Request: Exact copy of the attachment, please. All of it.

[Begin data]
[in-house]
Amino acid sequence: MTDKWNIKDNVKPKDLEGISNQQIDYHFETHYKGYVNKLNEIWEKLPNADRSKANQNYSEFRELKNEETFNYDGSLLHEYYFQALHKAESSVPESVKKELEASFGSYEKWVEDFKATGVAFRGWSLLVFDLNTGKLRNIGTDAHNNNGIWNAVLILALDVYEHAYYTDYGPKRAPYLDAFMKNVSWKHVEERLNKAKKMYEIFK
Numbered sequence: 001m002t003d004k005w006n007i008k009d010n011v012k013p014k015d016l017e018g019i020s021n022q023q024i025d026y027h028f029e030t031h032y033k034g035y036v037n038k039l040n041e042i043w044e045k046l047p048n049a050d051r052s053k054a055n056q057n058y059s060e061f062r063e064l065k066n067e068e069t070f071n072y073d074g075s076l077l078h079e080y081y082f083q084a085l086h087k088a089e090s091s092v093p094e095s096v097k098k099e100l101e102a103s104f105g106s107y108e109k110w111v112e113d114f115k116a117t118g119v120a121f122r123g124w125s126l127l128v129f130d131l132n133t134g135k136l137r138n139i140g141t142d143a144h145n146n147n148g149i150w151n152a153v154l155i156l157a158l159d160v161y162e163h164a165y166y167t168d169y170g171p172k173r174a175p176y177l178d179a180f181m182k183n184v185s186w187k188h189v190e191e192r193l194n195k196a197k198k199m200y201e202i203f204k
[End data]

[in-house]
Amino acid sequence: MTDKWNIKDNVKPKDLEGISNQQIDYHFETHYKGYVNKLNEIWEKLPNADRSKANQNYSEFRELKNEETFNYDGSLLHEYYFQALHKAESSVPESVKKELEASFGSYEKWVEDFKATGVAFRGWSLLVFDLNTGKLRNIGTDAHNNNGIWNAVLILALDVYEHAYYTDYGPKRAPYLDAFMKNVSWKHVEERLNKAKKMYEIFK
Numbered sequence: 001m002t003d004k005w006n007i008k009d010n011v012k013p014k015d016l017e018g019i020s021n022q023q024i025d026y027h028f029e030t031h032y033k034g035y036v037n038k039l040n041e042i043w044e045k046l047p048n049a050d051r052s053k054a055n056q057n058y059s060e061f062r063e064l065k066n067e068e069t070f071n072y073d074g075s076l077l078h079e080y081y082f083q084a085l086h087k088a089e090s091s092v093p094e095s096v097k098k099e100l101e102a103s104f105g106s107y108e109k110w111v112e113d114f115k116a117t118g119v120a121f122r123g124w125s126l127l128v129f130d131l132n133t134g135k136l137r138n139i140g141t142d143a144h145n146n147n148g149i150w151n152a153v154l155i156l157a158l159d160v161y162e163h164a165y166y167t168d169y170g171p172k173r174a175p176y177l178d179a180f181m182k183n184v185s186w187k188h189v190e191e192r193l194n195k196a197k198k199m200y201e202i203f204k